Arts District

Black Nativity Brings Message of Hope to the Motor House

All-black cast delivers powerful songs from classic Langston Hughes work.

By Lauren LaRocca | December 19, 2018, 11:11 am

-Shalyce Hemby
Arts District

Black Nativity Brings Message of Hope to the Motor House

All-black cast delivers powerful songs from classic Langston Hughes work.

By Lauren LaRocca | December 19, 2018, 11:11 am

-Shalyce Hemby

ArtsCentric’s latest production, Black Nativity, will have you rockin’ and rollin’ in your seat during its run at the Motor House’s black box theater.

At a packed crowd during a Saturday matinee, there wasn’t a soul in the audience who wasn’t stomping their feet, clapping along, and, in some cases, singing. Some even got out of their seats to sway along during this Christmas musical of folk, blues, soul, jazz, and African-American spirituals. The show runs through December 29.

This retelling of the nativity story features an all-black cast and pairs the poetry of Langston Hughes with original musical adaptations that change with each newly launched production. The original music produced by each new theater troupe ensures a unique listening experience based on each troupe’s musical direction, instrumentation, and vocalists. ArtsCentric’s show features the original music of Cedric D. Lyles, performed by a live band—with piano, keys, electric guitar, bass, and drums—behind the set. Some of the songs are new takes on Christmas classics, such as “The Drummer’s Song,” a spinoff of “The Little Drummer Boy” that includes a bongo drum.

The production is an ideal one for ArtsCentric, a self-described color-conscious organization that was founded in 2003.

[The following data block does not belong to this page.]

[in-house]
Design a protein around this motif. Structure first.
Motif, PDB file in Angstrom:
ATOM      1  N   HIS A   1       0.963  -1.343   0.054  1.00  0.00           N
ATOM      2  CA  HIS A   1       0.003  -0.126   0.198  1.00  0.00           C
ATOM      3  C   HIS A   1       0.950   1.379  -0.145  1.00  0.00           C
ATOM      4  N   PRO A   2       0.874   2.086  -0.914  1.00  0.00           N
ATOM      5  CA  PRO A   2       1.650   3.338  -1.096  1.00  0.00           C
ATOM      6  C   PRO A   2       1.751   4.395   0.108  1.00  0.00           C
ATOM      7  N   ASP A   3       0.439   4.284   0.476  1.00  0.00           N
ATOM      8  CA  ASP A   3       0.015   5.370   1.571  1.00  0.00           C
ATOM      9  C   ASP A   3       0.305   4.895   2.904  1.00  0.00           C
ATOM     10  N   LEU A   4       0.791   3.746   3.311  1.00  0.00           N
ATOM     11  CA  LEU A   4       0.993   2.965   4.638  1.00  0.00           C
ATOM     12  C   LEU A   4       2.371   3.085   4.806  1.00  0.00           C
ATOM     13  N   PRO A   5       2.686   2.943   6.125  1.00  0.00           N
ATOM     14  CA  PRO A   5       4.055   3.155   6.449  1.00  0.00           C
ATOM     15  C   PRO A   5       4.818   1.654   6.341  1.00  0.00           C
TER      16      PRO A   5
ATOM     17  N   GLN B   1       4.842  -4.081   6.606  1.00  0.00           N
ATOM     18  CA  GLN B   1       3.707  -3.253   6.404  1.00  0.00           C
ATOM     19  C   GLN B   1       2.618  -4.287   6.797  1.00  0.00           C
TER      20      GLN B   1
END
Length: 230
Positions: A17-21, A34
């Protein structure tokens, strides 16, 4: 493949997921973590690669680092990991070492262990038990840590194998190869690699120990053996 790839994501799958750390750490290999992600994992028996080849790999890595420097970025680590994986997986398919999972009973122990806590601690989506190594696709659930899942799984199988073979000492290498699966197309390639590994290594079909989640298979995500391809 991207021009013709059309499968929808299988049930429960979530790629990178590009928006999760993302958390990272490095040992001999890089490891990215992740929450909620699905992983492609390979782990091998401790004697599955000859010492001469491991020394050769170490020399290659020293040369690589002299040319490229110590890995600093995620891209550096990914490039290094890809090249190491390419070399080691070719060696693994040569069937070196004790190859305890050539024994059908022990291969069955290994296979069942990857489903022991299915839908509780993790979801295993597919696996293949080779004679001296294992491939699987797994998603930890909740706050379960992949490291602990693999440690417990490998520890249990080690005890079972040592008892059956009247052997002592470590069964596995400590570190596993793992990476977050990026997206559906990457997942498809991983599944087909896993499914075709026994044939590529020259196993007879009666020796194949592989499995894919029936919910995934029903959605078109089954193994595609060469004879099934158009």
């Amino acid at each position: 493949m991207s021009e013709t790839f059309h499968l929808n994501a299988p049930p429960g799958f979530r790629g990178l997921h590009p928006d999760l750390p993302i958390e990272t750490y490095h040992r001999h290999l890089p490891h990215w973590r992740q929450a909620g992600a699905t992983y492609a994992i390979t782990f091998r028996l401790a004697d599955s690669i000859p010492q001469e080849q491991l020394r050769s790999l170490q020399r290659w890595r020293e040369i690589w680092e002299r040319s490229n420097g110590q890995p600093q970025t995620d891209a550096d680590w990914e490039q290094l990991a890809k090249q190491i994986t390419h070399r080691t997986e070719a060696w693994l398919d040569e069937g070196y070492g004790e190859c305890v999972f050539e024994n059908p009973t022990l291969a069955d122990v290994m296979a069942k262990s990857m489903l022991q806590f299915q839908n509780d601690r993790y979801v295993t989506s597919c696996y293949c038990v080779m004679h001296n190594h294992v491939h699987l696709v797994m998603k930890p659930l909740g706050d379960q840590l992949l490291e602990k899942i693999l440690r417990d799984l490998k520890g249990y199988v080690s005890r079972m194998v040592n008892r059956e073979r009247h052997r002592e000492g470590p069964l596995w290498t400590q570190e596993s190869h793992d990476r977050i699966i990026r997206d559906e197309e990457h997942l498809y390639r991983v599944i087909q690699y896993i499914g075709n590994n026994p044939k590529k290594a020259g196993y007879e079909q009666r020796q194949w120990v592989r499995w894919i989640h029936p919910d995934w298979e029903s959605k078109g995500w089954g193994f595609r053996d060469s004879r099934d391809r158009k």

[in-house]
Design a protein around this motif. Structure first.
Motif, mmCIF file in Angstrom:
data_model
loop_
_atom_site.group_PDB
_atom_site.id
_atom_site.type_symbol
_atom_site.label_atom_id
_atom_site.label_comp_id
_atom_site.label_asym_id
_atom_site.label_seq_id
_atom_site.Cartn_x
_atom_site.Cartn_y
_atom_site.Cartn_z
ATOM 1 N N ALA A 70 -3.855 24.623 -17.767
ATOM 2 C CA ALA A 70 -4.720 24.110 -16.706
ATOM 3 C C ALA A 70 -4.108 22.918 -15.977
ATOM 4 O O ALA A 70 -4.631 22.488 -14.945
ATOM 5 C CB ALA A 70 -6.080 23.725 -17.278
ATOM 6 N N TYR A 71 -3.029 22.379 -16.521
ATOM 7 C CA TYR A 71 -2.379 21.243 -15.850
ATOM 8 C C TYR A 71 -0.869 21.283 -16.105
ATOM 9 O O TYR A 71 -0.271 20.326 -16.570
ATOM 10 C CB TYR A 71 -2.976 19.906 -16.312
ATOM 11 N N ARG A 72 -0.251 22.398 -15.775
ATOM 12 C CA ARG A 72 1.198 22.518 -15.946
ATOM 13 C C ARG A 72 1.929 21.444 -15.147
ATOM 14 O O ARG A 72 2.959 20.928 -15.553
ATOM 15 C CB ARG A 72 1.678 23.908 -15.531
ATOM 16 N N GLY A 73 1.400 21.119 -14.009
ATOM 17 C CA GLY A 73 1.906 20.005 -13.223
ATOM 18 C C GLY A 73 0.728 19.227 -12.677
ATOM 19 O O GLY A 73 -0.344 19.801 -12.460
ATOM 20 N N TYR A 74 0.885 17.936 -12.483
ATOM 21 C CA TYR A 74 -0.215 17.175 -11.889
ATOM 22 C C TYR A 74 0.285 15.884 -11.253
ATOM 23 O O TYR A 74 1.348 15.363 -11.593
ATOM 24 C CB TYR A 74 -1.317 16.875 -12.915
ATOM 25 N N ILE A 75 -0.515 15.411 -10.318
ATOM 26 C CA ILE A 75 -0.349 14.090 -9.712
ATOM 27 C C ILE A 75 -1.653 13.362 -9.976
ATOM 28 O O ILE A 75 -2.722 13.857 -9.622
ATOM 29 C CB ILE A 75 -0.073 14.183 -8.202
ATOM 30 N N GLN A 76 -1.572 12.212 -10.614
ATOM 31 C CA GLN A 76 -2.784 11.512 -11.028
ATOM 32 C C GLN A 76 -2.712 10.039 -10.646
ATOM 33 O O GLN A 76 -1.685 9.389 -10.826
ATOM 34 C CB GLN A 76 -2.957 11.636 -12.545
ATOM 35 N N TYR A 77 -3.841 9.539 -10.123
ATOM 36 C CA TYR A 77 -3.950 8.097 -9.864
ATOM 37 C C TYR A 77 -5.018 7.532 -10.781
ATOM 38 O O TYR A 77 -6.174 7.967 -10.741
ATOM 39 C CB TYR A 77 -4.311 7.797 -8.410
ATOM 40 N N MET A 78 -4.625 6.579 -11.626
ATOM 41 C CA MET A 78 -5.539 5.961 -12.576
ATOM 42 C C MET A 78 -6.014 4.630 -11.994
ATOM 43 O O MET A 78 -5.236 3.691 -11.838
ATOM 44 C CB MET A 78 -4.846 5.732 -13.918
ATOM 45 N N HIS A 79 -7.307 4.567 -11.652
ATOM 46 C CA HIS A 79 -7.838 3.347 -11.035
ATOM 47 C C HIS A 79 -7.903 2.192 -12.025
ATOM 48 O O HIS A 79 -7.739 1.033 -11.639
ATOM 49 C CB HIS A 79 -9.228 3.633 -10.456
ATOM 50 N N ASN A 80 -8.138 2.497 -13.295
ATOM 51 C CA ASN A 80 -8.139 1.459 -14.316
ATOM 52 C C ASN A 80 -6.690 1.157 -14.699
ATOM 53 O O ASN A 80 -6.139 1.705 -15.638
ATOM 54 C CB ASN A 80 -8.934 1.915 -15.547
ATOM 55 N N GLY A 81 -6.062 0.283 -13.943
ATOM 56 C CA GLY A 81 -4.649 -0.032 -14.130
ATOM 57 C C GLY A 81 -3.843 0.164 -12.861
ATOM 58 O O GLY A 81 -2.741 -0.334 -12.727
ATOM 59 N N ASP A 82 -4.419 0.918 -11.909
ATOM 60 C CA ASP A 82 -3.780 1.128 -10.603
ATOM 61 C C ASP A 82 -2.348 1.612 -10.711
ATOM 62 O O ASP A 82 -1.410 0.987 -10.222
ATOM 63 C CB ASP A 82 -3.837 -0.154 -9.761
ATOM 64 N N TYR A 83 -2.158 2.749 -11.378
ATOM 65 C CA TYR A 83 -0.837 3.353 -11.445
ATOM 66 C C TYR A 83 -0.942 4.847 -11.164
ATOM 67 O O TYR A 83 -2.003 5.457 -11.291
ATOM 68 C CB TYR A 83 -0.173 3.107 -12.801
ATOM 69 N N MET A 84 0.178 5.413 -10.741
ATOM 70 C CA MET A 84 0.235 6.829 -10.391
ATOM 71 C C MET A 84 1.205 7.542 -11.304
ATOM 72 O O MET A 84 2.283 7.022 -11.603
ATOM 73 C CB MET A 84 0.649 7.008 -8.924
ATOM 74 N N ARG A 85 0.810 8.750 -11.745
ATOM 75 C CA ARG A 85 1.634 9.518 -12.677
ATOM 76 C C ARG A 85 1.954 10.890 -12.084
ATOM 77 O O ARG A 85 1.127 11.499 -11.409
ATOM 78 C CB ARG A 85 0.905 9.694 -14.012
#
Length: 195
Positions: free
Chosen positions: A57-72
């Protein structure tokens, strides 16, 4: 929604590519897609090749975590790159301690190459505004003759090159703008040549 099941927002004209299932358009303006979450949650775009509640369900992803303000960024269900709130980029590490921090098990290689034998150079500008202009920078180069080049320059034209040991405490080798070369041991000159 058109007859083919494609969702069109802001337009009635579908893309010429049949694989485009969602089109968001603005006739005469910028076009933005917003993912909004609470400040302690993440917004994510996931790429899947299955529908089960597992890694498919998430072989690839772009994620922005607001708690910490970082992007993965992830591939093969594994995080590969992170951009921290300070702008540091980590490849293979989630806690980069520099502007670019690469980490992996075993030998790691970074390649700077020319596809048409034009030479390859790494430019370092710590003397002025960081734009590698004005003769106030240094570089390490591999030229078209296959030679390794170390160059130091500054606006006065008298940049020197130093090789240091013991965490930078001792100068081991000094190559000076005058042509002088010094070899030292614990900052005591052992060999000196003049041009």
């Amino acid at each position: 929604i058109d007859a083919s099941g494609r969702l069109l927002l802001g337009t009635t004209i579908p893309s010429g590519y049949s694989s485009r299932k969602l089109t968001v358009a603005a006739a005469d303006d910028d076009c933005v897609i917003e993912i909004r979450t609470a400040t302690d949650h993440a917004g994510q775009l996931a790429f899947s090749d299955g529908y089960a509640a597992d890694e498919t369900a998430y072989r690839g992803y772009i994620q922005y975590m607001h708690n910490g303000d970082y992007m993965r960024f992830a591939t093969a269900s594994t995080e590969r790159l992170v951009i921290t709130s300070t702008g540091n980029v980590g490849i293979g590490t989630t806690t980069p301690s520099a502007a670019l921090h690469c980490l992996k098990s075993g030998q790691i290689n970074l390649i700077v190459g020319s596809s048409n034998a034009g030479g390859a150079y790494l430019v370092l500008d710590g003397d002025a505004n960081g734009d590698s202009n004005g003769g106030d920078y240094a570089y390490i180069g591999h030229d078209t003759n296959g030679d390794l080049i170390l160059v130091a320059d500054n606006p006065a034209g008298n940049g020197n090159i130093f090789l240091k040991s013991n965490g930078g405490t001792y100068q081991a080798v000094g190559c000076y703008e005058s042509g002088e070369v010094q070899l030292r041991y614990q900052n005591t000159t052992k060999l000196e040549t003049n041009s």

The play, directed by Kevin S. McAllister, is based on the Gospel of Luke and begins with a young boy singing “Oh Come, All Ye Faithful” on the street, panhandling for change. Several people pass by, dropping money into his bucket and continuing about their day, until a large, white-winged angel appears on set, nudging one last onlooker to give the boy what he really needs: a scarf to keep warm, company during the holidays—in short, love.

Then a full choir enters the stage, donning robes and setting the lively tone for the rest of the play. The chorus of singers lights up the space with song and gives an overview of what’s to come.

Next, we see a shift in time, as the 20-some actors are costumed in traditional African garb—loose robes in African-print patterns and sequins, which adds another dimension to the rich cultural fabric brought to the stage. Act I follows the story of Mary and Joseph, as they prepare for the birth of baby Jesus, give birth, debate on a name, and ultimately celebrate the coming of the savior.

After a short intermission, Act II transports its audience back to the 21st century. Set inside a black church, testimonials about a Christian life are interspersed with soulful renditions of contemporary worship pieces sung energetically, from the poetic to the funky, with songs like The Staple Singers’ famous “I’ll Take You There” (that one really got the crowd moving).

All the while, the young boy in the first scene wanders through the set, taking in each song with innocent eyes and watching the story unfold.

“It shows how belief in the nativity story has actually changed lives,” McAllister says in a release. “It sends a message of hope, endurance, and acceptance, in the spirit of the African griot tradition passed down through generations.”

While Black Nativity is certainly theatrical—with a narrative that moves through the birth of the Christ child and then into the 21st-century aftermath—it also plays out like an epic poem come to life: less musical and more gospel choir performance, with very little dialogue between its roughly two dozen songs. We have the legendary Hughes to thank for that, but also the strong, surging voices of the ArtsCentric vocalists, who give mind-blowing performances.

In the end of the play, as in its beginning, the message resonates: that Jesus is love, and love can save you. And more than 50 years after Black Nativity’s initial run, it’s just as timeless a message as ever.




Meet The Author

Lauren LaRocca is a freelance writer for Baltimore magazine, where she covers arts, entertainment, music, and culture.



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